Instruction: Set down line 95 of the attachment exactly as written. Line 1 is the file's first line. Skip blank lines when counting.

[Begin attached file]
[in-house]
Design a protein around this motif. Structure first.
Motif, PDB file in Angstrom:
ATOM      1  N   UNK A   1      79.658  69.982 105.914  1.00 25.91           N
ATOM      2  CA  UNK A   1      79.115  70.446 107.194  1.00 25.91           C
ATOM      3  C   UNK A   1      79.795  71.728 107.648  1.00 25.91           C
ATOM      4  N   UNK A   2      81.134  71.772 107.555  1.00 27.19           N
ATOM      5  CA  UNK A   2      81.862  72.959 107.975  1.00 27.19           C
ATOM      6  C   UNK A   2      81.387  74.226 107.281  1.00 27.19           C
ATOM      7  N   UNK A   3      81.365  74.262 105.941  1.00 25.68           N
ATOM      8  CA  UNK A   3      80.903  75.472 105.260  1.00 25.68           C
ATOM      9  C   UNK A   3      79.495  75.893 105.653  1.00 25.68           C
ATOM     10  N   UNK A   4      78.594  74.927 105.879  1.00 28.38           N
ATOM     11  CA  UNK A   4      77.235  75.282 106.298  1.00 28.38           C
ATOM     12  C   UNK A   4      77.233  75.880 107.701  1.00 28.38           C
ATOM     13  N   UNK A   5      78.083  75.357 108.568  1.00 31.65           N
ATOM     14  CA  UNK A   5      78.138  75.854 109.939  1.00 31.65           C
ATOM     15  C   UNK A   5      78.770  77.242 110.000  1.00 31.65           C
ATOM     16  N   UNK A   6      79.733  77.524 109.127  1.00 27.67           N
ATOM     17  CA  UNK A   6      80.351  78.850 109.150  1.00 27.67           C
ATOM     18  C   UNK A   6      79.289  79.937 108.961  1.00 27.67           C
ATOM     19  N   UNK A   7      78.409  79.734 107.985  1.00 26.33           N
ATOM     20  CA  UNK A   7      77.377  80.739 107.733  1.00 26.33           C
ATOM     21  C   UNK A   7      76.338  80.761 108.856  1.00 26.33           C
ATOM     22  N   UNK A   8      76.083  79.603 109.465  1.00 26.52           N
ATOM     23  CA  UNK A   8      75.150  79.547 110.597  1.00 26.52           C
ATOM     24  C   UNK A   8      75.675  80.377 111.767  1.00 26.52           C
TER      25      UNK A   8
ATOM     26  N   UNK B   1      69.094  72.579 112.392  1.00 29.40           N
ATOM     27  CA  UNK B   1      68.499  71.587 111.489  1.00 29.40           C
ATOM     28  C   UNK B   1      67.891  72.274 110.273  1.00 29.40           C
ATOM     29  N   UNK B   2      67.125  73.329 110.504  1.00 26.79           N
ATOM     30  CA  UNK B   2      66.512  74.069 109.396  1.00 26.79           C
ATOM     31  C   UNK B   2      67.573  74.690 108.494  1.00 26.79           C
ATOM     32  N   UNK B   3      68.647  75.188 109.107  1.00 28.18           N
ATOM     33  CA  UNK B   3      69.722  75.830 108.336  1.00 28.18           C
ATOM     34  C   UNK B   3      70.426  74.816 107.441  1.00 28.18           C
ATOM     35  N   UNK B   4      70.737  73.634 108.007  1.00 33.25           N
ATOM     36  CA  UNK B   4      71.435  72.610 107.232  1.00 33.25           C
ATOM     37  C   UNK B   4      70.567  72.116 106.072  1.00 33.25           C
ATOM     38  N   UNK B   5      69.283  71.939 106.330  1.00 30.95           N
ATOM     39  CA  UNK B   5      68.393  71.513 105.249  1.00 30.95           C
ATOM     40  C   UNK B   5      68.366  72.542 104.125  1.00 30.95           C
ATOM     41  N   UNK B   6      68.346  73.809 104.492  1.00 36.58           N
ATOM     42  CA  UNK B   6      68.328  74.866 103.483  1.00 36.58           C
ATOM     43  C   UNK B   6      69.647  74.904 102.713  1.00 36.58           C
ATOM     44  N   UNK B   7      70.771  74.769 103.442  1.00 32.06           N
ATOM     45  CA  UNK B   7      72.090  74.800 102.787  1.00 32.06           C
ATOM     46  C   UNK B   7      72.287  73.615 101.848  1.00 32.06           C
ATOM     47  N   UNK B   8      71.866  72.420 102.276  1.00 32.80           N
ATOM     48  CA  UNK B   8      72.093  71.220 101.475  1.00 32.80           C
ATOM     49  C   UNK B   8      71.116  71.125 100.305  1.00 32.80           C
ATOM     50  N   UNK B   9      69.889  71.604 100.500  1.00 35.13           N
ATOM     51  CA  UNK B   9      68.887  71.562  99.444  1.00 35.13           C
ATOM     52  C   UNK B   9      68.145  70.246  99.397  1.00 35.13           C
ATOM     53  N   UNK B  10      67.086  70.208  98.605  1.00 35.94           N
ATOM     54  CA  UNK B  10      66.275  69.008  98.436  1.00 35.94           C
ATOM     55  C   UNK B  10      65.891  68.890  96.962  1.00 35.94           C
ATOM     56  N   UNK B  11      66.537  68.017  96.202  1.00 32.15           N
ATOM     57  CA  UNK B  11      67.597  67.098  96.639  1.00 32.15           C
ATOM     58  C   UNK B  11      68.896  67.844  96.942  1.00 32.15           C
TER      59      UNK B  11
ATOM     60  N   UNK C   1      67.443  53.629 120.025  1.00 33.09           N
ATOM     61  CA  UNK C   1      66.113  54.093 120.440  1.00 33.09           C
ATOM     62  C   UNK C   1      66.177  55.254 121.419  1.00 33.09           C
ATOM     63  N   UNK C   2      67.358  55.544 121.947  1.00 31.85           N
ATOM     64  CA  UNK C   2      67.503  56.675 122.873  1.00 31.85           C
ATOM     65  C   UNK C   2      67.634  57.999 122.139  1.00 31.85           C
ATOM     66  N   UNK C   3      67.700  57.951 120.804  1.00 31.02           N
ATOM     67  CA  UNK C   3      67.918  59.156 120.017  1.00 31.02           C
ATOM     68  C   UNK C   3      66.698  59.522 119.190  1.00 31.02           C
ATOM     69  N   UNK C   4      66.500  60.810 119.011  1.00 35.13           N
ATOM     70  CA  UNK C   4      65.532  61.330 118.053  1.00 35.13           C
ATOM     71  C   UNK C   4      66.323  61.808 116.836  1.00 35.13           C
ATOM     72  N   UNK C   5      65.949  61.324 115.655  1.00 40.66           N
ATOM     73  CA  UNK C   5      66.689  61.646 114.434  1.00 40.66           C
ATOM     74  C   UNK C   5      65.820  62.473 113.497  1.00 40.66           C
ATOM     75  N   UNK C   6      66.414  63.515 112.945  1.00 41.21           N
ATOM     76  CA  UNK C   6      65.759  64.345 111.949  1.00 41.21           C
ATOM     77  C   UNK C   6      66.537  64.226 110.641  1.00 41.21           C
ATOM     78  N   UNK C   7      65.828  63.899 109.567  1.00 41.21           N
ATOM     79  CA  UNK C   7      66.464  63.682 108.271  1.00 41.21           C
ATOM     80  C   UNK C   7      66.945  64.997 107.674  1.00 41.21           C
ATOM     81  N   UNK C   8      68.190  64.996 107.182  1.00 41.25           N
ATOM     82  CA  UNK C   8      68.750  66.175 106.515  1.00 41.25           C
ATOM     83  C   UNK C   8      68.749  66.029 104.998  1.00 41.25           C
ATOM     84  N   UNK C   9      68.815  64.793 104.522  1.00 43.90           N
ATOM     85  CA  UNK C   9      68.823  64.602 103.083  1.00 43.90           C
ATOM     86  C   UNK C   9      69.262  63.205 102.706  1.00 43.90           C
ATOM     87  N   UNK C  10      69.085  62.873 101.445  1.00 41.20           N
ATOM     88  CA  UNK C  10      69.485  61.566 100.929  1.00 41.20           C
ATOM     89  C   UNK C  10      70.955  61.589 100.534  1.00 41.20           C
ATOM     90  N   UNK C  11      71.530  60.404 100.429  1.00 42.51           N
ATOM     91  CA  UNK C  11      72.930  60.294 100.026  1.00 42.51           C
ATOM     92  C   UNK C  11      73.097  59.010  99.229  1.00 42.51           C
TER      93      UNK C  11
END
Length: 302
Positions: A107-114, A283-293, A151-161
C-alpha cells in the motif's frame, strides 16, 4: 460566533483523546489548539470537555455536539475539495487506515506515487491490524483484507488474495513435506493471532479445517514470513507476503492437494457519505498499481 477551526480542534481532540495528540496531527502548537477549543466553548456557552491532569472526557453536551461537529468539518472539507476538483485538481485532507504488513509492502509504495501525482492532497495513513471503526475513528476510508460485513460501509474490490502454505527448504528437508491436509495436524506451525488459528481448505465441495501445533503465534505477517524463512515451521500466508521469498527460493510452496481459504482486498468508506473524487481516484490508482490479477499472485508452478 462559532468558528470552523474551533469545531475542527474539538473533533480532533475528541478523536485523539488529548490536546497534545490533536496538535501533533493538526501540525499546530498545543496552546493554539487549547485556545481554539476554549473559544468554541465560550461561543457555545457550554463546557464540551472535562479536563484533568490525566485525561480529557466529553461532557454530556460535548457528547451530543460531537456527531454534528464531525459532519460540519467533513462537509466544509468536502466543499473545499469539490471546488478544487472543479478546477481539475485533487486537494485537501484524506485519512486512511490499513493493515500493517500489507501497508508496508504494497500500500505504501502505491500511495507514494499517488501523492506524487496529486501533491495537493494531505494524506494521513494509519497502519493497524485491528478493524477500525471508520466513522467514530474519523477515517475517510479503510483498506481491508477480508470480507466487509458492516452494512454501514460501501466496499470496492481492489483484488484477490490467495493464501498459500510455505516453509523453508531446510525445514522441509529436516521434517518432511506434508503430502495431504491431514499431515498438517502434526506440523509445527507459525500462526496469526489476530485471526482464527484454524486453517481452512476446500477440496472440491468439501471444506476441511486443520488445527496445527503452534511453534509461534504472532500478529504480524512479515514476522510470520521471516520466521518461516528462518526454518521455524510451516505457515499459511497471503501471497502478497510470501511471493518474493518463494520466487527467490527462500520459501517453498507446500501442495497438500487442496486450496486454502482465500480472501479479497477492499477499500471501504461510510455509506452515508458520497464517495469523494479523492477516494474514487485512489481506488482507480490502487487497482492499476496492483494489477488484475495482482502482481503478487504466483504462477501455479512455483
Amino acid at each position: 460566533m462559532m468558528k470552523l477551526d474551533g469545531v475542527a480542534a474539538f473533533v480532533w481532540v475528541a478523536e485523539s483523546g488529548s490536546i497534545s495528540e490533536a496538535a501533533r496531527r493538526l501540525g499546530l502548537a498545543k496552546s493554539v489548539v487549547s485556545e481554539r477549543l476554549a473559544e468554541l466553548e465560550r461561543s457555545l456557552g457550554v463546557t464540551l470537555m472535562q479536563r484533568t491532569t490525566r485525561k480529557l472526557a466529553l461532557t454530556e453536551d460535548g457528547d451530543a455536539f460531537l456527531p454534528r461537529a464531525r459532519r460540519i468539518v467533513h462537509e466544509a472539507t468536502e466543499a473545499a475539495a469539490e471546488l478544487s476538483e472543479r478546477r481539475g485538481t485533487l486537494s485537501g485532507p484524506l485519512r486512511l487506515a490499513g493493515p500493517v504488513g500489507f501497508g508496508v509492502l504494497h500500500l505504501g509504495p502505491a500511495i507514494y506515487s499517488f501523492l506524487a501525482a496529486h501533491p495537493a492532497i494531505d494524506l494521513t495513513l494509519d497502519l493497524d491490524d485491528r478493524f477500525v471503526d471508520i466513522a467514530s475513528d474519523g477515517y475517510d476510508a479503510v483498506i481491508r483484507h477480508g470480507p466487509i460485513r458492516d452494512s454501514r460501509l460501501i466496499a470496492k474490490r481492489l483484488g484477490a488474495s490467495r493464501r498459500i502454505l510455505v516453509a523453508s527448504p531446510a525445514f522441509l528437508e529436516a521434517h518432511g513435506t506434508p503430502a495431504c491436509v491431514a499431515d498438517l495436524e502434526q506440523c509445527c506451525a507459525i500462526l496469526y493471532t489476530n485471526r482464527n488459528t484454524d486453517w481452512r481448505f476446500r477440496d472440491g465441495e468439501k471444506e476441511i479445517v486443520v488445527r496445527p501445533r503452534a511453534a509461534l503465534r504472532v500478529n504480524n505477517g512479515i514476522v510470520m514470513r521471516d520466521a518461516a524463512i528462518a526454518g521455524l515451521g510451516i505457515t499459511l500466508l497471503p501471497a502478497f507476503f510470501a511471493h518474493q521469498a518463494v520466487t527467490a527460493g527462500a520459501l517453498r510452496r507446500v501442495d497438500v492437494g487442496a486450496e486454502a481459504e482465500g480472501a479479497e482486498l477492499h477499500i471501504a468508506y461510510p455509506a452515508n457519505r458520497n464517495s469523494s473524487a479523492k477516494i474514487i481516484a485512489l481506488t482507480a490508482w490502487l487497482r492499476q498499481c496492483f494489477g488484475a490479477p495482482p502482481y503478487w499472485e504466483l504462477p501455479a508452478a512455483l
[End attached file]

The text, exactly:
ATOM     92  C   UNK C  11      73.097  59.010  99.229  1.00 42.51           C